Andy on Saturday
On Saturday, Andy slept. There was no alarm going off, and Mom did not call to him. If sleeping had been an event in the Olympics, Andy would be the champion. When he finally did open his eyes, it was slightly before noon. Andy stayed in bed for a few extra minutes, replaying the excitement of yesterday’s reading test, and enjoying the feeling that all was right with his world. A mighty yawn and a huge stretch, and Andy was out of bed and on his feet.
Dad always made a big breakfast for the family on Saturday, and Andy’s nose told him that today Dad was making pancakes and bacon. He suddenly realized that he was starving. After taking a moment to shove his feet into some warm slippers, Andy raced down the stairs in his pajamas, almost colliding with Mom as he skidded into the kitchen. He gave her a quick kiss on the cheek before he turned to sit down at the kitchen table.
Before Andy could take his seat, there was a knock on the kitchen door. He could see through the glass that Connor was standing outside with a big smile on his face. Andy walked over to open the door for his friend, and as he opened it, a blast of cold air hit him. The temperature had dropped sharply overnight, and the ground was covered in snow. It looked to be a couple of feet deep. Deep enough for sledding? Yes!! Connor slipped inside quickly and closed the door. His nose and cheeks were red with the cold, and he was dressed in his heaviest jacket, with the hood up over his head. Dad invited him to sit down and join them for breakfast, which, at this point in the day, was more like lunch. Connor hung his heavy jacket on the hook in the entryway and left his snow covered boots on the mat by the door. In his sock feet, he sat in the chair beside Andy at the table.
Once breakfast was on the table and everyone had filled their plates, the boys talked non-stop about plans for the day. Their goal was to figure out which area would have the deepest snow on the hills for sledding. This might be difficult to find, since all the kids in their neighborhood were probably making the same plans, and the fewer the kids the better. Too many kids at the same hill meant a long cold wait from the time they pulled their sleds to the top of the hill, to the time they threw themselves onto their sleds for the exciting, rocket fast, freezing- cold ride down.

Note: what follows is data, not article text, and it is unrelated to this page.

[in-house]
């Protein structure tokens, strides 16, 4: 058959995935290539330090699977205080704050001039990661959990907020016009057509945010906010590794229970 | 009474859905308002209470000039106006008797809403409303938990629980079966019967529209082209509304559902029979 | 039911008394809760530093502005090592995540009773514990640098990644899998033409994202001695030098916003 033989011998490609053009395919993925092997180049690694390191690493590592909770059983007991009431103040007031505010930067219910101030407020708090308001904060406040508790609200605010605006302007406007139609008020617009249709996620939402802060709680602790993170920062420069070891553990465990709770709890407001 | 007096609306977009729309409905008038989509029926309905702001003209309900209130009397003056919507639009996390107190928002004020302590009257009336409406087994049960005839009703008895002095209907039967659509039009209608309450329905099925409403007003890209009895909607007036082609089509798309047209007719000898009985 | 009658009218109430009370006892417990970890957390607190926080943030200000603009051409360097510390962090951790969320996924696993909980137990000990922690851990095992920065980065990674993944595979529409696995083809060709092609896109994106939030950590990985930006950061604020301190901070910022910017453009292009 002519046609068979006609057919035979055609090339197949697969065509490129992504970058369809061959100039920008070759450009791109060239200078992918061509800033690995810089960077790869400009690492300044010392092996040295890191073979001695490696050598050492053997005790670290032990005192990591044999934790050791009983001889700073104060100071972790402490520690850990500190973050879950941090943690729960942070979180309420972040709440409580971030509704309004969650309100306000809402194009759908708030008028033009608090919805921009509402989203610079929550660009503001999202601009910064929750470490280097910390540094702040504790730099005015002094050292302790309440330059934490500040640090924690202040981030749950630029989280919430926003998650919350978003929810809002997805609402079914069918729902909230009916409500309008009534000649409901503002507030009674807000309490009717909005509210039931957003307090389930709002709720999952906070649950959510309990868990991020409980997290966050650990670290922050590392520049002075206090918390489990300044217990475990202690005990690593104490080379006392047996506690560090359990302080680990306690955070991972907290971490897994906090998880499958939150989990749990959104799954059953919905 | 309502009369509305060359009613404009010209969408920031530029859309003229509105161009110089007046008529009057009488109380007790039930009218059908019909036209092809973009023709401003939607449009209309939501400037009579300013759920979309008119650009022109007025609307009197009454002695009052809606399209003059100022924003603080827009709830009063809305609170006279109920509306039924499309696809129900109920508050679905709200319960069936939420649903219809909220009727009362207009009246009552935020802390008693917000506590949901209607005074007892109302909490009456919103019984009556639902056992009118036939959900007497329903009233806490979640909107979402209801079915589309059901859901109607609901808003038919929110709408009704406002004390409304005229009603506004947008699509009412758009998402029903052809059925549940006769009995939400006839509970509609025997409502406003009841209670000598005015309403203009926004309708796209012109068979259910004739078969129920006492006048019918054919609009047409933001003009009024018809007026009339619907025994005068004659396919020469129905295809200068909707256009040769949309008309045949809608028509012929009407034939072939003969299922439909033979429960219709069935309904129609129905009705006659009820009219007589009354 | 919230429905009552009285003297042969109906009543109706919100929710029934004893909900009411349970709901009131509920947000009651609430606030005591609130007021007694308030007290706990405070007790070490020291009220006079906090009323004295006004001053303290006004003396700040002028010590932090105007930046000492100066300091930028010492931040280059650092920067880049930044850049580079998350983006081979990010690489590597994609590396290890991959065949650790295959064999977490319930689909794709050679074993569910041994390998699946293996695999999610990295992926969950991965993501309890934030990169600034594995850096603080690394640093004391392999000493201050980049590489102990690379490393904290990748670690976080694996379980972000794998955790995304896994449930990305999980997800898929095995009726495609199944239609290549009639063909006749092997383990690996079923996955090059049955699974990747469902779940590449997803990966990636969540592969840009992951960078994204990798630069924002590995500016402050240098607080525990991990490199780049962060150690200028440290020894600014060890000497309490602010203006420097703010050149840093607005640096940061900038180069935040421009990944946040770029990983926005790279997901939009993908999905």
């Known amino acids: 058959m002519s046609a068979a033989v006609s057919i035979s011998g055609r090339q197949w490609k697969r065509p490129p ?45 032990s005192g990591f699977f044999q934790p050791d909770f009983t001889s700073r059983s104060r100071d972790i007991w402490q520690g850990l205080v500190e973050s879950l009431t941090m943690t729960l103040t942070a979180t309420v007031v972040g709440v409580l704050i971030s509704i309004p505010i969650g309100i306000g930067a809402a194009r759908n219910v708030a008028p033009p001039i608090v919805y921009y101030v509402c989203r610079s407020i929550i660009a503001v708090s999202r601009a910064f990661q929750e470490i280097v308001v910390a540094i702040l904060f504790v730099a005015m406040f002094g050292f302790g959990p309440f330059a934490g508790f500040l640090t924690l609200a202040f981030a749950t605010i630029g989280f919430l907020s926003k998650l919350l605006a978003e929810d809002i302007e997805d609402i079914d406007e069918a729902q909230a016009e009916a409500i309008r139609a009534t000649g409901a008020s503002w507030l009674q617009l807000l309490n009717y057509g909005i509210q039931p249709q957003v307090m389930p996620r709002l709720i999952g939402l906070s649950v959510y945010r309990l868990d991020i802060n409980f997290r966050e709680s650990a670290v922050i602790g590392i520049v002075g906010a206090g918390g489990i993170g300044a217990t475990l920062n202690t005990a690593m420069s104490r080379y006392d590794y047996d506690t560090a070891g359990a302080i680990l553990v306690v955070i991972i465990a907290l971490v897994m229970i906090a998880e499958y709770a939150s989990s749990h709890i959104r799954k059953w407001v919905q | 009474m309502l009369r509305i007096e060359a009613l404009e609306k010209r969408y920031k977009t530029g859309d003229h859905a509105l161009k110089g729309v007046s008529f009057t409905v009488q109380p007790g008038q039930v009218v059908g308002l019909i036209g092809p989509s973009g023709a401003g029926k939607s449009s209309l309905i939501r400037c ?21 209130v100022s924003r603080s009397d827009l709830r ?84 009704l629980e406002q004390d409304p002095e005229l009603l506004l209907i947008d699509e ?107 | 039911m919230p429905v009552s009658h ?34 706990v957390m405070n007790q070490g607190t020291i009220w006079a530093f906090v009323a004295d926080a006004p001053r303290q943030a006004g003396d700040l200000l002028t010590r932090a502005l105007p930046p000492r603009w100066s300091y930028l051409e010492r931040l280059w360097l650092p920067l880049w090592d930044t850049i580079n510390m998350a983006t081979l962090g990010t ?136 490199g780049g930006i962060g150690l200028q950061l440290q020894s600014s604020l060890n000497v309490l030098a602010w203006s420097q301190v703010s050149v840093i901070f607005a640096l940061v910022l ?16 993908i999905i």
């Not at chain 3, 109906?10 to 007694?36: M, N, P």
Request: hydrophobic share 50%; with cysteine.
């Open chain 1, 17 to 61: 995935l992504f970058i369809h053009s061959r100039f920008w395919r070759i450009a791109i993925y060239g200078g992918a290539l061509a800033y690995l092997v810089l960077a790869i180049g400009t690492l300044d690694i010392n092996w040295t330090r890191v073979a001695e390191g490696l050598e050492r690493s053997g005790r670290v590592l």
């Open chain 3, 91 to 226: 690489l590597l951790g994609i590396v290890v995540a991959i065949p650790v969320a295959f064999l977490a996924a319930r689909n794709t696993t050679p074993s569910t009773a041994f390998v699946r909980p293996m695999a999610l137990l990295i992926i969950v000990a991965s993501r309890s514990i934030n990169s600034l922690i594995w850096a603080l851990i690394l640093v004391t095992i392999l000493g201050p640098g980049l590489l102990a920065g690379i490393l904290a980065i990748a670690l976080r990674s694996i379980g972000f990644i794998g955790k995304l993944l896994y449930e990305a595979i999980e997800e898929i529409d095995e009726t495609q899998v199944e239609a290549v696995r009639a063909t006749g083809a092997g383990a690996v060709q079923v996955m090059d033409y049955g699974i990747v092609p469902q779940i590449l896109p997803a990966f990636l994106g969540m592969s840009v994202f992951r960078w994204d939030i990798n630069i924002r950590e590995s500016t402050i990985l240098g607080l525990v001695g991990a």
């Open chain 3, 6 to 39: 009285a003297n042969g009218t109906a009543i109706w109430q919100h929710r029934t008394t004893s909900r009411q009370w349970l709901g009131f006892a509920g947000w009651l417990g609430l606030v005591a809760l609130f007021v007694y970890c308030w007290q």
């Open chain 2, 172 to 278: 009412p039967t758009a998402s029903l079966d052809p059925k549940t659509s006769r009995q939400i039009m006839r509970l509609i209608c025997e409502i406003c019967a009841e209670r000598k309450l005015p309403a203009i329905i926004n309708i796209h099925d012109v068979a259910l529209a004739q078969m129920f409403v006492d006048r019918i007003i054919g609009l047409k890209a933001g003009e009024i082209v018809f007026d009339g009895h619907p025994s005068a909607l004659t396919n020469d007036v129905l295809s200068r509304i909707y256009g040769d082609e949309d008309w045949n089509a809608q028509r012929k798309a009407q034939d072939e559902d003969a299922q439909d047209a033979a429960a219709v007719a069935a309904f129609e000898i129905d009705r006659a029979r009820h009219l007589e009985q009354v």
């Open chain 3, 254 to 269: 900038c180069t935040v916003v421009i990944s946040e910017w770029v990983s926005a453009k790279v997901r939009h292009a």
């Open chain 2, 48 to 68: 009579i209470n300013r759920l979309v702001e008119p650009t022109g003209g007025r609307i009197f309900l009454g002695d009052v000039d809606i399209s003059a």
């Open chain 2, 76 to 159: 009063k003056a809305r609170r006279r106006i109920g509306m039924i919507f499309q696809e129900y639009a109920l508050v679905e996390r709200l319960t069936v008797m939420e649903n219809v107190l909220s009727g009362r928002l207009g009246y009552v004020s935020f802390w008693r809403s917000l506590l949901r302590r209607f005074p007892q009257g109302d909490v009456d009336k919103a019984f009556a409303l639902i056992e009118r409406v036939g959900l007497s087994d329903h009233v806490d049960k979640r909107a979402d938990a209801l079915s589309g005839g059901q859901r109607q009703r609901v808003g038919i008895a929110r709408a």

After everyone was finished eating, and the boys had helped to clear the table, Andy went upstairs to put on his heavy clothes, while Connor waited in the kitchen, talking with Andy’s parents. By the time Andy got back to the kitchen, bundled up in his warmest jacket, a scarf, hat, boots, and gloves (with an extra pair for Connor, who had forgotten his), they were both eager to get out in the snow. Andy went to the garage to grab his sled, and Connor retrieved his from where he left it outside the kitchen door.
The snow came about half-way up their boots, so walking was a little difficult, but not too bad. The exercise helped them warm up. As they approached the hill that they had decided would best meet their needs, they saw that several kids had already come to the same decision. However, it was a really good hill, kind of steep but sloping gradually and ending in a big pasture with no trees to run into. And there weren’t really that many kids, so Andy and Connor decided that this was the right place for today’s sledding. All the kids knew each other from school, so there was a lot of talking and laughing as they all waited their turns to fly down the slope. Sometimes two of the kids would go down at once, racing to see who had the faster sled. Most of the races ended in a tie, or occasionally an upset sled. It really didn’t matter if anyone actually won. Everyone was just there to have a good time.
As the day wore on, a few kids had to go home, and a few new kids joined the group. Andy saw a familiar face in the newest group. It was Elisa. Although Andy had been talking and laughing with some other kids as they trudged up to the top of the hill a moment ago, he was suddenly nervous and didn’t know what to say, other than hello. Elisa, who had been chattering with her friends, smiled and waved before she flopped down on her sled to zoom to the bottom of the hill. Her sled got everyone’s attention. Brand new, sleek and beautiful. And it looked fast. None of the kids in town had anything like it. It was big, big enough for two people to sit on it.
Before long, Elisa was giving each of the kids a chance to ride on the sled with her. It was a blast. Andy wanted to ride on the sled with Elisa, but he was too shy to join the others who were waiting. Finally, when everyone else had tried out the sled, Elisa turned to Andy and gestured for him to come over. She asked if he wanted to ride on the sled with her. Of course he did! But he just smiled and said sure. As they zoomed to the bottom of the hill, a dog, owned by one of the kids who was sledding, suddenly bounded out in front of the sled. Andy and Elisa both leaned far to their left to steer the sled so that they would not hit the dog. The result was that they missed the dog, but the sled turned over and dumped them into the snow. They both got up completely covered with snow, unhurt and laughing from the unexpected mishap. After they brushed off the snow, Andy helped Elisa pull the sled back to the top of the hill. They talked and laughed as they walked. They even talked about sledding at the same hill tomorrow.
1) For breakfast, Dad made
a) eggs and toast
b) pancakes and bacon
2) Andy and Connor decided to
a) go sledding
b) go to the mall
c) watch TV
3) The boys had to decide which hill
a) was closest to their house
b) was the steepest
c) had the deepest snow and fewest kids
4) Andy was surprised when the newest arrival to the sledding group was
c) Mom and Dad
5) Everyone took turns
a) drinking hot chocolate
b) waiting in their parents’ warm cars
c) riding with Elisa on her sled